So in the last post, I spoke a whole lot about purpose… but what is it really?
Purpose and intent go hand in hand. You cannot have one without the other because this duality allows you to simultaneously be yourself and project yourself. But first, you need to define your purpose.
How do you do this?
I ended the first post about balance through awareness by mentioning going to ‘war’, which is where the journey toward purpose begins.
Warrior: someone experienced or engaged in warfare
This word evokes our imaginations and some pretty strong feelings when someone mentions it. Warrior.
You may picture a gigantic man with wild hair, bulging biceps, a huge battle ax, and a kick-ass horned helmet!
Or you might see a slightly more graceful image of the austere samurai with his curved leather armor and bright shining katana slicing sparks into your eyes.
Then, there’s the image of a noble Indigenous man out on the Northern Plains with the wind twirling a feather in his long black hair; an image people in the United States are all too familiar with.
Being a warrior is an archetype that exists in every culture, and is also at the core of what it means to be a complete person in the culture that affected me the most. Niitsitapi have always been a warrior people.
I realized long ago that I must maintain a baseline of humility about this word. It has so many meanings that depend on many things, including; where you come from, what culture shaped you, and what language you speak.
If I don’t maintain humility it’s too easy to let my individual myopia turn into a debilitating dogma. That kind of thing just tends to get in the way of me being me.
So, I do my best to keep a sense of openness to other interpretations of this word… warrior.
In my life, every warrior’s intention is to take care of their loved ones, defend the weak and the poor and the sick, and to never stop trying. But the first and most important war is not against an external foe of any kind.
No, those are only distractions.
Outside forces can only stimulate an internal response, they are not the source of that response. And that is where the war begins.
There’s an old saying that goes, “The true enemy is within.” Now, that saying has been said so many times it’s become a cliche, and cliches are cliche for a reason. They’re pretty close interpretations of the truth.
But cliches aren’t the truth, your self is the truth. Who you think you are, or who other people tell you-you are, is not true. It’s an interpretation of the truth.
Humans are experts at interpreting the truth, and we’ve created a beautiful diversity of languages, cultures, and religions to express that gift. It’s like we’re the unwitting masters of our own perceptions.
Most people go unaware of this ability, which is a tragedy because it is such an extraordinary ability to have.
This ability to mold your reality begins and ends each of the cycle humans go through in order to grow. Awareness, mindfulness, and presence are all expressions of this same reality, which is where our creative genius can truly flourish.
Cultures across the planet have this in common, some kind of awareness practice. Meditation, yoga, Tai-chi, and Kung-fu all teach awareness and bring people into a certain state. Even the ancient Greeks taught things like self-awareness when the Delphic oracle said ‘know thy self’.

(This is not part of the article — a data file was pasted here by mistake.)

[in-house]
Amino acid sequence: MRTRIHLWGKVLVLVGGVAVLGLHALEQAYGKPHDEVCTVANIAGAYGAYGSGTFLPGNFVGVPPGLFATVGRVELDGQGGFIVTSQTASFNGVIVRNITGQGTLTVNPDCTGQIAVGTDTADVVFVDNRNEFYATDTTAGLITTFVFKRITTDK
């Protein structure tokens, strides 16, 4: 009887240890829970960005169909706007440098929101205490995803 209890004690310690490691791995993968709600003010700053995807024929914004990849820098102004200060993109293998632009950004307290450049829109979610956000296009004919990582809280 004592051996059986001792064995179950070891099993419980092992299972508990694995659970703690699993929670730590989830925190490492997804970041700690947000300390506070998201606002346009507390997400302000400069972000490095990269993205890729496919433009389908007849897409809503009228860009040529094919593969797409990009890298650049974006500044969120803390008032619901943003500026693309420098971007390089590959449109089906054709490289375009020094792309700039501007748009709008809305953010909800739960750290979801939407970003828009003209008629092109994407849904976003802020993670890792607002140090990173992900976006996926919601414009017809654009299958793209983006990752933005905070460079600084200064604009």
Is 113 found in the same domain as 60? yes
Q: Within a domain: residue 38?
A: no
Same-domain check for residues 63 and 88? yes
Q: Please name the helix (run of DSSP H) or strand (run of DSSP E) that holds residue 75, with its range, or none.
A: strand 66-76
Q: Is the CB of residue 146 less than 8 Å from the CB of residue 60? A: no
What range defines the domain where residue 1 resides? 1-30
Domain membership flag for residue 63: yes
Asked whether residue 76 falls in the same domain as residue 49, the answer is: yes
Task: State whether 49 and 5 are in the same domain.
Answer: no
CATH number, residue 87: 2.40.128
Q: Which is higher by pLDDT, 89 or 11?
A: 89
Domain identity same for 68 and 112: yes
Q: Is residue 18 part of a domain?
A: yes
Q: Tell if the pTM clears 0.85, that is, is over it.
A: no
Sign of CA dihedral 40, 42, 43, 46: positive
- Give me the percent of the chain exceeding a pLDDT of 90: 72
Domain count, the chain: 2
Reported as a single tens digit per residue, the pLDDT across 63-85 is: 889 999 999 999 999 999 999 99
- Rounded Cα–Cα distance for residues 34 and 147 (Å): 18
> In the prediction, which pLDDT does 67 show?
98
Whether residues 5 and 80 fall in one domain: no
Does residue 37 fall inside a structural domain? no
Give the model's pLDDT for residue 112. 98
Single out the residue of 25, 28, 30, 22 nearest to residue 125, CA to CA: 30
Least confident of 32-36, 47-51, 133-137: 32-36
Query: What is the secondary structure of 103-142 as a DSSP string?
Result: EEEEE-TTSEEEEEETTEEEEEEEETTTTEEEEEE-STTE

It takes awareness to start your journey, and you expand your awareness when you return. And we are masters of creation.
Our creative spirit is what seeded every piece of technology, the art we admire, the literature we study, the religions we believe, philosophies we follow, cultures we practice, languages we speak, games we play, architecture, music, learning, entrepreneurship.
All of it started in awareness, and it’s in awareness where you can find direction and balance with this extraordinary gift.
Without direction and without balance we can all become negative creators, where we only destroy and never build. With the light there is always darkness, with pain there is comfort, fear… love.
Just like everything else in the Universe, there’s an apparent duality to being a master creator, and awareness is where you begin participating in it all.
Awareness gives you the ability to look deep within yourself. You can then decide how you want to look without yourself. Will you spread love, and be a creator of positivity? Or will you spread fear, and create only negativity?
Throughout history, there have been creators of both types, and you can see the results of their creativity in the world. I will tell a story of how being a warrior is much more than just a way of life, it’s an every day, every choice, every moment, every action way of being.
A warrior’s first goal is not to win the wars outside but to always wage battle against the liar inside you that tells you not to be yourself.
Like a parasite, this enemy clings to you and drains away who you could have been, piece by piece. It’s that liar that instills fear and tells you that you aren’t perfect just the way you are…
the little punk inside that tells you things like “you’re out of her league”…
the liar that judges you when you make a mistake and then keeps on reminding you about it well after you’ve made it…
it’s the liar that tries and tries to keep you down so you DON’T express your inner bad-ass.
But guess what?
Warriors don’t let these liars win.
Over 2000 years ago, a book called The Art of War was written on military strategy. Even today, it’s studied by military experts, entrepreneurs, and corporate CEO’s.
In this ancient text, Sun Tzu talked about the importance of knowing yourself and this enemy when he said,
“If you know the enemy and you know yourself you need not fear the results of 100 battles.”
“Victorious warriors win first and then go to war, while defeated warriors go to war first and then seek to win.”
Who’s this enemy Sun Tzu speaks of? Or this liar that I’m calling a parasite?
Not that instinctual, knee-jerk reaction you have when there’s danger. You know, the oh-shit-there’s-a-lion-in-the-bushes kind of fear. That’s natural survival instinct.